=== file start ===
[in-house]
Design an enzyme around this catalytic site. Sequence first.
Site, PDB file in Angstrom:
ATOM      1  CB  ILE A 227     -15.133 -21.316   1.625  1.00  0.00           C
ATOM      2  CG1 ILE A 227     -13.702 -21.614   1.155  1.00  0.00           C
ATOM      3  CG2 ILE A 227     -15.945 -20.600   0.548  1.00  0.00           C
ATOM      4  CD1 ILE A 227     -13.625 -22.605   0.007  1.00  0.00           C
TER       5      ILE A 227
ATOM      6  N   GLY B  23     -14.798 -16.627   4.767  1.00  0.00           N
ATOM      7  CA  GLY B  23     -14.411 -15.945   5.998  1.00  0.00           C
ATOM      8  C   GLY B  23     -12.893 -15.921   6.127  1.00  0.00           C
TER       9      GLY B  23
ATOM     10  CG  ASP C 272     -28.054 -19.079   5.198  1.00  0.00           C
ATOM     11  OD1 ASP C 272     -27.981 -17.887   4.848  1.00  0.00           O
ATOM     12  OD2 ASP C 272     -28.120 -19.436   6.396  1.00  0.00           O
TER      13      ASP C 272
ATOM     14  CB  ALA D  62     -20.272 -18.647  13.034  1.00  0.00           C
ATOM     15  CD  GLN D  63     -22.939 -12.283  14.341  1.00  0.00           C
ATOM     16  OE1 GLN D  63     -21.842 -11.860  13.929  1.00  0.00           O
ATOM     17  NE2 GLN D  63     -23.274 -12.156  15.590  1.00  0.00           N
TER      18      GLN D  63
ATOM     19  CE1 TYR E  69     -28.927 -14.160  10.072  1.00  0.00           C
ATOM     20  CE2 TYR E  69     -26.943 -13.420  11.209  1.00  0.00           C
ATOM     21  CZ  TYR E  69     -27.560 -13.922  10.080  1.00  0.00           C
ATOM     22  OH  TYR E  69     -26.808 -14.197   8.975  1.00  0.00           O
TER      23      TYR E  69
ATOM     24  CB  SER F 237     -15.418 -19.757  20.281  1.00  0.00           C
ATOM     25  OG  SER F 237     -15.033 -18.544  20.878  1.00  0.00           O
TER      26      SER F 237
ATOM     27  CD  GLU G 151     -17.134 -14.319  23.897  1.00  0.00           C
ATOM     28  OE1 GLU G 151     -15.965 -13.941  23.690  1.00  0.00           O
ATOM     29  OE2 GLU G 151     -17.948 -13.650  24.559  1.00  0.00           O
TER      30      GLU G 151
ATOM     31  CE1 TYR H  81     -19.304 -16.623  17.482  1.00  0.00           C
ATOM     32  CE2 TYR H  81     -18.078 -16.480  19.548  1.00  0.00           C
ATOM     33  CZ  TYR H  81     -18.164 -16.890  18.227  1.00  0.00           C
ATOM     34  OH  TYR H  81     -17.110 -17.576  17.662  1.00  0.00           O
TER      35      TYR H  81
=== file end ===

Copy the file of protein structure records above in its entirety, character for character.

[in-house]
Design an enzyme around this catalytic site. Sequence first.
Site, PDB file in Angstrom:
ATOM      1  CB  ILE A 227     -15.133 -21.316   1.625  1.00  0.00           C
ATOM      2  CG1 ILE A 227     -13.702 -21.614   1.155  1.00  0.00           C
ATOM      3  CG2 ILE A 227     -15.945 -20.600   0.548  1.00  0.00           C
ATOM      4  CD1 ILE A 227     -13.625 -22.605   0.007  1.00  0.00           C
TER       5      ILE A 227
ATOM      6  N   GLY B  23     -14.798 -16.627   4.767  1.00  0.00           N
ATOM      7  CA  GLY B  23     -14.411 -15.945   5.998  1.00  0.00           C
ATOM      8  C   GLY B  23     -12.893 -15.921   6.127  1.00  0.00           C
TER       9      GLY B  23
ATOM     10  CG  ASP C 272     -28.054 -19.079   5.198  1.00  0.00           C
ATOM     11  OD1 ASP C 272     -27.981 -17.887   4.848  1.00  0.00           O
ATOM     12  OD2 ASP C 272     -28.120 -19.436   6.396  1.00  0.00           O
TER      13      ASP C 272
ATOM     14  CB  ALA D  62     -20.272 -18.647  13.034  1.00  0.00           C
ATOM     15  CD  GLN D  63     -22.939 -12.283  14.341  1.00  0.00           C
ATOM     16  OE1 GLN D  63     -21.842 -11.860  13.929  1.00  0.00           O
ATOM     17  NE2 GLN D  63     -23.274 -12.156  15.590  1.00  0.00           N
TER      18      GLN D  63
ATOM     19  CE1 TYR E  69     -28.927 -14.160  10.072  1.00  0.00           C
ATOM     20  CE2 TYR E  69     -26.943 -13.420  11.209  1.00  0.00           C
ATOM     21  CZ  TYR E  69     -27.560 -13.922  10.080  1.00  0.00           C
ATOM     22  OH  TYR E  69     -26.808 -14.197   8.975  1.00  0.00           O
TER      23      TYR E  69
ATOM     24  CB  SER F 237     -15.418 -19.757  20.281  1.00  0.00           C
ATOM     25  OG  SER F 237     -15.033 -18.544  20.878  1.00  0.00           O
TER      26      SER F 237
ATOM     27  CD  GLU G 151     -17.134 -14.319  23.897  1.00  0.00           C
ATOM     28  OE1 GLU G 151     -15.965 -13.941  23.690  1.00  0.00           O
ATOM     29  OE2 GLU G 151     -17.948 -13.650  24.559  1.00  0.00           O
TER      30      GLU G 151
ATOM     31  CE1 TYR H  81     -19.304 -16.623  17.482  1.00  0.00           C
ATOM     32  CE2 TYR H  81     -18.078 -16.480  19.548  1.00  0.00           C
ATOM     33  CZ  TYR H  81     -18.164 -16.890  18.227  1.00  0.00           C
ATOM     34  OH  TYR H  81     -17.110 -17.576  17.662  1.00  0.00           O
TER      35      TYR H  81